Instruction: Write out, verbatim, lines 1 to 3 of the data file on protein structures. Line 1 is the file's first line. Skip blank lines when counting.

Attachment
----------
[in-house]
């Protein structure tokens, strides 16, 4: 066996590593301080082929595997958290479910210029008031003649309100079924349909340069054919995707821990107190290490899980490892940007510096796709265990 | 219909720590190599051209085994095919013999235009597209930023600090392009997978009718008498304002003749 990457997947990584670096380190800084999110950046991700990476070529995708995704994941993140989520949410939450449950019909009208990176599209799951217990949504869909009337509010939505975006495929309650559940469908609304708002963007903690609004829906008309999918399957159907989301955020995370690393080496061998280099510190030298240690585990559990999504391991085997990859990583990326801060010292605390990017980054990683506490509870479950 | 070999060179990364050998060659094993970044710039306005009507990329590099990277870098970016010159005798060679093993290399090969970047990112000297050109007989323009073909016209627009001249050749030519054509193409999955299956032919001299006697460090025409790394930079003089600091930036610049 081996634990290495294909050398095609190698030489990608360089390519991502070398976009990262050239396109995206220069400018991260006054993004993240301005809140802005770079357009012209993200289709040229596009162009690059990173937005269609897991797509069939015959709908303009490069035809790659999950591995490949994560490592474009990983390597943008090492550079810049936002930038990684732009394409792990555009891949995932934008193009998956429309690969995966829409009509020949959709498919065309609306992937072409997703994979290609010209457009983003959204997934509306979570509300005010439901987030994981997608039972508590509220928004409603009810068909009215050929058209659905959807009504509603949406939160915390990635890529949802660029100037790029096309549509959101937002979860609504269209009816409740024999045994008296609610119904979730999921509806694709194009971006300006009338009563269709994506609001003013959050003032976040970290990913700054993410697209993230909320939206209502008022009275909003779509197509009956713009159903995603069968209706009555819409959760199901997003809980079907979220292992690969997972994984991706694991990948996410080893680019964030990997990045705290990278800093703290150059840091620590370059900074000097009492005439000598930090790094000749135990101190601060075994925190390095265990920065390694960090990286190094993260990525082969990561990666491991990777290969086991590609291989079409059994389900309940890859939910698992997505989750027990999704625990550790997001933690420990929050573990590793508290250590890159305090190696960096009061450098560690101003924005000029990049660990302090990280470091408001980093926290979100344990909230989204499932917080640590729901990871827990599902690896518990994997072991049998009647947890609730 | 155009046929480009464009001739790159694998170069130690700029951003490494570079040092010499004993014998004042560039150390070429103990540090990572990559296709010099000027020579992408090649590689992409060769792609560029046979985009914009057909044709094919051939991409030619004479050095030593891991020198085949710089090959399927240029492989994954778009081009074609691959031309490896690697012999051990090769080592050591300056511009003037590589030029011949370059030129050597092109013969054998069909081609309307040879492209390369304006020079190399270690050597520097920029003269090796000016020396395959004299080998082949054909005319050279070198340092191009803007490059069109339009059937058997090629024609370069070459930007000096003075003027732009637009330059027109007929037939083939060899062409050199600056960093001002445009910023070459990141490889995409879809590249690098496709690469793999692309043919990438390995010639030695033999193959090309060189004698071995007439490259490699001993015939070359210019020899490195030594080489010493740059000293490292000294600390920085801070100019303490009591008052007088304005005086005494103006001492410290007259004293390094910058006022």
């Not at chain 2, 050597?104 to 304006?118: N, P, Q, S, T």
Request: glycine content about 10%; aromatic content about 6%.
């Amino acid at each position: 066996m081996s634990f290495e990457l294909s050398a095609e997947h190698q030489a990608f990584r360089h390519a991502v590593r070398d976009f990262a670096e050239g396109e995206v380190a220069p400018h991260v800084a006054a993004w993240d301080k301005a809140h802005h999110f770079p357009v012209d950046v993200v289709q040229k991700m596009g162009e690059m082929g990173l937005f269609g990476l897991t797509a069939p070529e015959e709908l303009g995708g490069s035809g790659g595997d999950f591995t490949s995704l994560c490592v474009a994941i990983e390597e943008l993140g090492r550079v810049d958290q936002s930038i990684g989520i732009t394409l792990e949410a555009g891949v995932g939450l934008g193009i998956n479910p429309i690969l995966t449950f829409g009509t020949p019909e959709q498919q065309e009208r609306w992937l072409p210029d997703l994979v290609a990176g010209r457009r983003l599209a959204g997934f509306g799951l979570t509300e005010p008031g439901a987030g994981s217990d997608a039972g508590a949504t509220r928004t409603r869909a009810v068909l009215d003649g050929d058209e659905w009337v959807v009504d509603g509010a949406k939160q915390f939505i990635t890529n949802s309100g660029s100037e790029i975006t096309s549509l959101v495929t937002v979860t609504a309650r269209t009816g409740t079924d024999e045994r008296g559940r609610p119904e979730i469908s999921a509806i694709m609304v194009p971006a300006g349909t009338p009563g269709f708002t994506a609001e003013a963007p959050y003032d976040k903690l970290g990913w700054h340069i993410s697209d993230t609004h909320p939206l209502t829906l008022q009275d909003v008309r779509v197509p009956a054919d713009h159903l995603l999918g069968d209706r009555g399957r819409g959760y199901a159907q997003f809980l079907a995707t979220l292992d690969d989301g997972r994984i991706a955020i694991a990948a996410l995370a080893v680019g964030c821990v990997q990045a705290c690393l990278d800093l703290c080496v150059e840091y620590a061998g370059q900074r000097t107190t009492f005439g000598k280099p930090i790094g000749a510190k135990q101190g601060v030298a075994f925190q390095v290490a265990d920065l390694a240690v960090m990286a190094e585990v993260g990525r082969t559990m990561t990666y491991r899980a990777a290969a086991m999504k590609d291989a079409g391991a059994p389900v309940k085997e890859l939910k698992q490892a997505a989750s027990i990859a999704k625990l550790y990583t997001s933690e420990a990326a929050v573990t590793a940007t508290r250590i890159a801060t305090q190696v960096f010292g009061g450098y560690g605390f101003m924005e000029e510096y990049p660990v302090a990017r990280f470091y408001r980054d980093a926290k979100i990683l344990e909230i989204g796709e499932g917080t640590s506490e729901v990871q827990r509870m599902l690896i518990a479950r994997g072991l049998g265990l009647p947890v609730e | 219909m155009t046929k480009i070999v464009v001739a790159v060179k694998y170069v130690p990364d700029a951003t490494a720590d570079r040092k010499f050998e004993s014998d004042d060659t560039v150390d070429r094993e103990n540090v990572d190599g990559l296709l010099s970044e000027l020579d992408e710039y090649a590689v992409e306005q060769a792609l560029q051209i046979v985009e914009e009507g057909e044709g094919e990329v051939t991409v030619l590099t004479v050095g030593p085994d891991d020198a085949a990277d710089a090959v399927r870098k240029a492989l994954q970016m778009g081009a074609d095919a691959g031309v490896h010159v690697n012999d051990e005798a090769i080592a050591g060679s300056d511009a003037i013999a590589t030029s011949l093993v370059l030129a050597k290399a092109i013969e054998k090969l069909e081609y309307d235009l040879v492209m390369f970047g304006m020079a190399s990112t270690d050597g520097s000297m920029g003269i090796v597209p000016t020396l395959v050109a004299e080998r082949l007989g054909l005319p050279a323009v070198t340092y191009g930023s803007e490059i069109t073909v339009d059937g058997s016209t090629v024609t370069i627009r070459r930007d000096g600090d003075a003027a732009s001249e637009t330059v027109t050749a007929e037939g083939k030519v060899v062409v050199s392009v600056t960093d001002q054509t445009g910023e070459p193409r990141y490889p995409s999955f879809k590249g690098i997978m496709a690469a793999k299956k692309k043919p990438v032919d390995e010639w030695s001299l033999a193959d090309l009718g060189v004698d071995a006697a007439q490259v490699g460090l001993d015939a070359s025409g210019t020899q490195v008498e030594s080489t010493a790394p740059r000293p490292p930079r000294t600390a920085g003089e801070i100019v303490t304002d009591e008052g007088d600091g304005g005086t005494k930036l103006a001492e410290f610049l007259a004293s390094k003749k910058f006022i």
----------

[in-house]
């Protein structure tokens, strides 16, 4: 066996590593301080082929595997958290479910210029008031003649309100079924349909340069054919995707821990107190290490899980490892940007510096796709265990 | 219909720590190599051209085994095919013999235009597209930023600090392009997978009718008498304002003749 990457997947990584670096380190800084999110950046991700990476070529995708995704994941993140989520949410939450449950019909009208990176599209799951217990949504869909009337509010939505975006495929309650559940469908609304708002963007903690609004829906008309999918399957159907989301955020995370690393080496061998280099510190030298240690585990559990999504391991085997990859990583990326801060010292605390990017980054990683506490509870479950 | 070999060179990364050998060659094993970044710039306005009507990329590099990277870098970016010159005798060679093993290399090969970047990112000297050109007989323009073909016209627009001249050749030519054509193409999955299956032919001299006697460090025409790394930079003089600091930036610049 081996634990290495294909050398095609190698030489990608360089390519991502070398976009990262050239396109995206220069400018991260006054993004993240301005809140802005770079357009012209993200289709040229596009162009690059990173937005269609897991797509069939015959709908303009490069035809790659999950591995490949994560490592474009990983390597943008090492550079810049936002930038990684732009394409792990555009891949995932934008193009998956429309690969995966829409009509020949959709498919065309609306992937072409997703994979290609010209457009983003959204997934509306979570509300005010439901987030994981997608039972508590509220928004409603009810068909009215050929058209659905959807009504509603949406939160915390990635890529949802660029100037790029096309549509959101937002979860609504269209009816409740024999045994008296609610119904979730999921509806694709194009971006300006009338009563269709994506609001003013959050003032976040970290990913700054993410697209993230909320939206209502008022009275909003779509197509009956713009159903995603069968209706009555819409959760199901997003809980079907979220292992690969997972994984991706694991990948996410080893680019964030990997990045705290990278800093703290150059840091620590370059900074000097009492005439000598930090790094000749135990101190601060075994925190390095265990920065390694960090990286190094993260990525082969990561990666491991990777290969086991590609291989079409059994389900309940890859939910698992997505989750027990999704625990550790997001933690420990929050573990590793508290250590890159305090190696960096009061450098560690101003924005000029990049660990302090990280470091408001980093926290979100344990909230989204499932917080640590729901990871827990599902690896518990994997072991049998009647947890609730 | 155009046929480009464009001739790159694998170069130690700029951003490494570079040092010499004993014998004042560039150390070429103990540090990572990559296709010099000027020579992408090649590689992409060769792609560029046979985009914009057909044709094919051939991409030619004479050095030593891991020198085949710089090959399927240029492989994954778009081009074609691959031309490896690697012999051990090769080592050591300056511009003037590589030029011949370059030129050597092109013969054998069909081609309307040879492209390369304006020079190399270690050597520097920029003269090796000016020396395959004299080998082949054909005319050279070198340092191009803007490059069109339009059937058997090629024609370069070459930007000096003075003027732009637009330059027109007929037939083939060899062409050199600056960093001002445009910023070459990141490889995409879809590249690098496709690469793999692309043919990438390995010639030695033999193959090309060189004698071995007439490259490699001993015939070359210019020899490195030594080489010493740059000293490292000294600390920085801070100019303490009591008052007088304005005086005494103006001492410290007259004293390094910058006022």
């Not at chain 2, 050597?104 to 304006?118: N, P, Q, S, T």